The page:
they’re unhappy people. too busy playa hating.

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Clarifying, and speaking only for myself:

I guess I would agree with Mr. Parker that I am definitely unhappy because MQA is NOT the high res studio source file. Once you correctly understand this, the logical consequence is that both MQA and Tidal are deceiving the public in their marketing. And why are they being deceptive? MQA: to make money. Tidal: to save money (on bandwidth costs).

It would be one thing if it were an optional encoder that folks could select on their own, ie, I like MQA and therefore I choose to buy that file (totally fine!). It is an entirely different matter for MQA to go to the recording studios and essentially try to force them to release the music in this sub-standard format (not okay!).

In my humble opinion, there is no purpose to a high res lossy codex (MQA). There is great purpose–and joy–from a high res recordings with a high res lossless codex. IMHO, that is what high res audio should be about, pure, unaltered (to the extent possible) from the artist.

Very fortunately, Amazon High Res is Not supporting MQA at this time. Hopefully this will soon mark the end of this format.

A great video on MQA from the CEO of PS Audio:

So most of the releases of a given album use the same recordings with the same mixes. Most. What’s left is the mastering and the format. Of these two, mastering is the one that affects the sound quality the most.

It seems like we go over this ground again and again: the biggest difference we hear has to do with the mastering. MQA is NOT what makes the music sound good or bad. MQA because of its filtering has, at most, a subtle effect on sound quality. That subtle effect could be for the better or for the worse.


I listened to that jazz album, it’s a nice find. Out of curiosity I tried both the MQA and regular versions. The non-MQA version has a reasonable sense of depth to it, but the MQA version pushes all the music forward, and the sense of depth is lost. It sounds compressed and distorted. At least manufacturer created an MQA-like filter on their DACs, and the result is that instruments are pushed forward, which can make the music sound more exciting, but, like the MQA tracks, you lose the proper sense of depth in the music. This is easily correlated by looking at the close-up of the waveforms of a track using a suitable audio program, before and after different filters are applied. MQA-style short filters clearly wreck the timing information. Heck, audio file visualisers actually explain this in the settings when you choose how the sonic spectrum of a file is shown!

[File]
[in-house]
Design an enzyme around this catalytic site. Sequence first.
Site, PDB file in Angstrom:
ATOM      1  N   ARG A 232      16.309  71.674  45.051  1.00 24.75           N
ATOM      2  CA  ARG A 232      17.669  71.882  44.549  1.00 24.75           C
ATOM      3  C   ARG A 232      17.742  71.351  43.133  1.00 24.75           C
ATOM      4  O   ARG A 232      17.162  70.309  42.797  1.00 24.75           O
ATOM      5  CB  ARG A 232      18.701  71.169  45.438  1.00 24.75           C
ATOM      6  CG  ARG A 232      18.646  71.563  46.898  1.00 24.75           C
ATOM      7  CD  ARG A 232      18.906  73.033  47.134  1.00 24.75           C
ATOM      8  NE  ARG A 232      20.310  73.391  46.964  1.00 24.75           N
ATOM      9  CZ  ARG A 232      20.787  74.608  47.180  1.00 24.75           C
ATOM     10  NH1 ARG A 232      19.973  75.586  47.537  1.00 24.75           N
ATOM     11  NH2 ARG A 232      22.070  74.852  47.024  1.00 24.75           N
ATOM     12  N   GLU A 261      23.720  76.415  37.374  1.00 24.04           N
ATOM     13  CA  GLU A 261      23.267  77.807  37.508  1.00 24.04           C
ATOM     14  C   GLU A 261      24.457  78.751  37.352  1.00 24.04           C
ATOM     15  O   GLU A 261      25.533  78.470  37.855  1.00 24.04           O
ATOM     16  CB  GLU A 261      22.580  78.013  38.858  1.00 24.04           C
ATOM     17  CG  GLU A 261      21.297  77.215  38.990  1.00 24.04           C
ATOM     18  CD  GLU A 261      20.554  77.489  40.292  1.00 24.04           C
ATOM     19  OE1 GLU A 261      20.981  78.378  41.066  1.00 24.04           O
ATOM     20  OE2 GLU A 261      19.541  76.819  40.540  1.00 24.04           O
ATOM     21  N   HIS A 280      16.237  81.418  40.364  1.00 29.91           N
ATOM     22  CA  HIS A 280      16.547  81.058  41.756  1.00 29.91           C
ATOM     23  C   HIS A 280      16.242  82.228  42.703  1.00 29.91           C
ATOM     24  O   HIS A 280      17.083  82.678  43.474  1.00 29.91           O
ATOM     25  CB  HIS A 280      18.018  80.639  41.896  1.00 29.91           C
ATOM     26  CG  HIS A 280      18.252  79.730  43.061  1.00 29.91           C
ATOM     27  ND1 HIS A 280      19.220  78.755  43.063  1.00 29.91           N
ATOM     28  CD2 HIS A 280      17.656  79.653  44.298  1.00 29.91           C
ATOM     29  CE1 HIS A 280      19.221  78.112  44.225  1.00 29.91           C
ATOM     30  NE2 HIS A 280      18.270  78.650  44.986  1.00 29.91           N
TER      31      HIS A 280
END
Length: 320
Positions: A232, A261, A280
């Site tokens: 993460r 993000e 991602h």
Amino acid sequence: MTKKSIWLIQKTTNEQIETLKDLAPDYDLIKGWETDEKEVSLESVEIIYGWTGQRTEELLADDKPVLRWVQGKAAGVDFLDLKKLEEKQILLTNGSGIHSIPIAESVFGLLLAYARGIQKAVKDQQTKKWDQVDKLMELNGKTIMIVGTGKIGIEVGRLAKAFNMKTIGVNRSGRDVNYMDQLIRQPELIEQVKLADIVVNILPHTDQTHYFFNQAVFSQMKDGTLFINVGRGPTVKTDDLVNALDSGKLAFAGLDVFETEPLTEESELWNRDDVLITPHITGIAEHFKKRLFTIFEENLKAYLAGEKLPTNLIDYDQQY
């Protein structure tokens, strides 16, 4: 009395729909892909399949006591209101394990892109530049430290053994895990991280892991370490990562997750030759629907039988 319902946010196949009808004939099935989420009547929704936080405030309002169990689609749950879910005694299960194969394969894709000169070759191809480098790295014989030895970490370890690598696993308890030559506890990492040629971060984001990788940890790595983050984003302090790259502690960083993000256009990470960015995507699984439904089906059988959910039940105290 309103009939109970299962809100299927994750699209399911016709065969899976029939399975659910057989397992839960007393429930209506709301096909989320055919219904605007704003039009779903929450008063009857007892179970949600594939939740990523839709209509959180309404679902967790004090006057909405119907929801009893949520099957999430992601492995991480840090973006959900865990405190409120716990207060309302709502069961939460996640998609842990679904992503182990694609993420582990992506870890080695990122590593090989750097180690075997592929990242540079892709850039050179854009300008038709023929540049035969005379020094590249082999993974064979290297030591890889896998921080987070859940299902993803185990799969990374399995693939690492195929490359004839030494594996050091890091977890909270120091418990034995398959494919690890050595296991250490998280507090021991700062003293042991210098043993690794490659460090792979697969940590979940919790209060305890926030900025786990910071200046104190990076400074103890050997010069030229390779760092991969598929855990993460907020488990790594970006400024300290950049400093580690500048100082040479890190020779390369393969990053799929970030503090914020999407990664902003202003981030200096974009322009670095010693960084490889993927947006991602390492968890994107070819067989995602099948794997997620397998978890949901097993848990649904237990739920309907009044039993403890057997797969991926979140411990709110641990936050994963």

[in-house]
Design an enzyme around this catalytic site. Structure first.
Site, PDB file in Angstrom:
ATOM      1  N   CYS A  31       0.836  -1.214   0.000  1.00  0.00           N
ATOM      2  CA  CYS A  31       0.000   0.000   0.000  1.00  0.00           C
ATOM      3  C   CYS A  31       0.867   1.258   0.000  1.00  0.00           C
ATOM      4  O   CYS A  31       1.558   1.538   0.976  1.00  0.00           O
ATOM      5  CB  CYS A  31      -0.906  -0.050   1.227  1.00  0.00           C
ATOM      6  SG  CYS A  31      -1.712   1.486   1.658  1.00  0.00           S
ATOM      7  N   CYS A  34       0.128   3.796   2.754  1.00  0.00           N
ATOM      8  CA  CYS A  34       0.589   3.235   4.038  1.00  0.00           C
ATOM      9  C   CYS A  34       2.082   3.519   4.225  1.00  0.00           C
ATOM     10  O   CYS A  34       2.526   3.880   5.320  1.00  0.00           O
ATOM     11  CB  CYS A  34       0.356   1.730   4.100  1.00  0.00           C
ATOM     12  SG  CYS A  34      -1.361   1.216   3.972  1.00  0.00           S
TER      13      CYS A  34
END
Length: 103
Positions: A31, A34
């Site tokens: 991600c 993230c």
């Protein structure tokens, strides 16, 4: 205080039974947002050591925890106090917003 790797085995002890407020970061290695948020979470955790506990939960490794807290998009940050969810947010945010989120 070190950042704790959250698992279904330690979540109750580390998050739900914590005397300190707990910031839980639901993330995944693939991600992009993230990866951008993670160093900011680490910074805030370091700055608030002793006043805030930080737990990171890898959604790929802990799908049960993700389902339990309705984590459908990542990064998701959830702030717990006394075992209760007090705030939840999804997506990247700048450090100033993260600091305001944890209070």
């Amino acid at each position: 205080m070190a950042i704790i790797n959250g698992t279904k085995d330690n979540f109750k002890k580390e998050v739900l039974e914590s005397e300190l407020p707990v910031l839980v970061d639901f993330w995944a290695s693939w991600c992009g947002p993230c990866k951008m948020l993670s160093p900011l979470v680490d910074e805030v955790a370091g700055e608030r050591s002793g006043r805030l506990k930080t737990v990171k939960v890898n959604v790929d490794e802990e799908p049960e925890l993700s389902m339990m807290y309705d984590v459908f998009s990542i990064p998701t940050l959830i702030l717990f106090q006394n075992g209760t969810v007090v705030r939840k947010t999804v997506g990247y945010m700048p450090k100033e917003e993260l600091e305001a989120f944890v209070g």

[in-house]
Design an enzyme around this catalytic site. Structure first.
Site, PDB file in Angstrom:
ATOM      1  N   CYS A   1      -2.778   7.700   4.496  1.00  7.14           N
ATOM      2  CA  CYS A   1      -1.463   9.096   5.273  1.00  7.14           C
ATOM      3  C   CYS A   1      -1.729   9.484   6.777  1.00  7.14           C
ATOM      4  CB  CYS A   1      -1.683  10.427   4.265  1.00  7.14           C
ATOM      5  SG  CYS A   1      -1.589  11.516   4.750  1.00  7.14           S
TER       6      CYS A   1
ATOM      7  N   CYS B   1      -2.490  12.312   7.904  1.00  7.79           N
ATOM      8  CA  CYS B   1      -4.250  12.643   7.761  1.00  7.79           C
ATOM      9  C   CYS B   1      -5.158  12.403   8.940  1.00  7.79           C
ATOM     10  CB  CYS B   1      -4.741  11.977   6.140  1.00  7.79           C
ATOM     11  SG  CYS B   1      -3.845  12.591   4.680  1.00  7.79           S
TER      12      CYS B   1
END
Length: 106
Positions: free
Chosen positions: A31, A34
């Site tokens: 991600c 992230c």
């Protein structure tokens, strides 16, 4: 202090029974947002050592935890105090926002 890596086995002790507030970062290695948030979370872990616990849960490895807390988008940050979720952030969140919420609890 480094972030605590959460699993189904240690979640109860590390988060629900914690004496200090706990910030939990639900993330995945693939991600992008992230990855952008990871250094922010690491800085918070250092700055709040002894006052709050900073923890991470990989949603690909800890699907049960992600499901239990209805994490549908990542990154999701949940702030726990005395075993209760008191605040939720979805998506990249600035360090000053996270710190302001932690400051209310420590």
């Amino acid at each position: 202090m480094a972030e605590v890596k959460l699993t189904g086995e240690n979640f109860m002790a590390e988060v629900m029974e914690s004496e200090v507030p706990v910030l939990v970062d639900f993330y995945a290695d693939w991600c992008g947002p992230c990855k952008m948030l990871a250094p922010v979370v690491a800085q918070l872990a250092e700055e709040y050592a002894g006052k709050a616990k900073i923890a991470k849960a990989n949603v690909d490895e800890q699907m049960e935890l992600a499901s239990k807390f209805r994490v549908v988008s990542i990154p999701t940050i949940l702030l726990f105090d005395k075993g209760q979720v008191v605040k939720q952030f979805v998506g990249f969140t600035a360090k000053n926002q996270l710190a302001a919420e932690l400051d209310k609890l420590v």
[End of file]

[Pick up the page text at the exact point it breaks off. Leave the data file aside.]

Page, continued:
Could not agree more with the above.

Tried to figure out the album you’re referring to from the thread but couldn’t. What is it?

Driftglass by the SEED Ensemble.

Completely agree with your assessment. The second track, for example, sounds much more natural in the redbook version than the MQA version to me. Specifically, the bass at the beginning is markedly different, and the wahwah pedal has ambience in the redbook version whereas it is mechanical in the MQA version. For the record, I am listening with a dCS Rossini DAC (system: so it is a full-decoding MQA DAC of fairly good quality.

There are a few albums that in my opinion sound best in their MQA incarnation. For example Aretha Franklin’s “I never loved a man like I loved you”. I bet this is a better transfer from the original tapes, that’s all there is to it (btw I own many versions including the HDTracks’s high res versions, mono and stereo).

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That is really a candidate for understatement of the year :laughing:


@miguelito 's system is amazing:

Dcs Rossini DAC + Clock
Audio Note amp (!)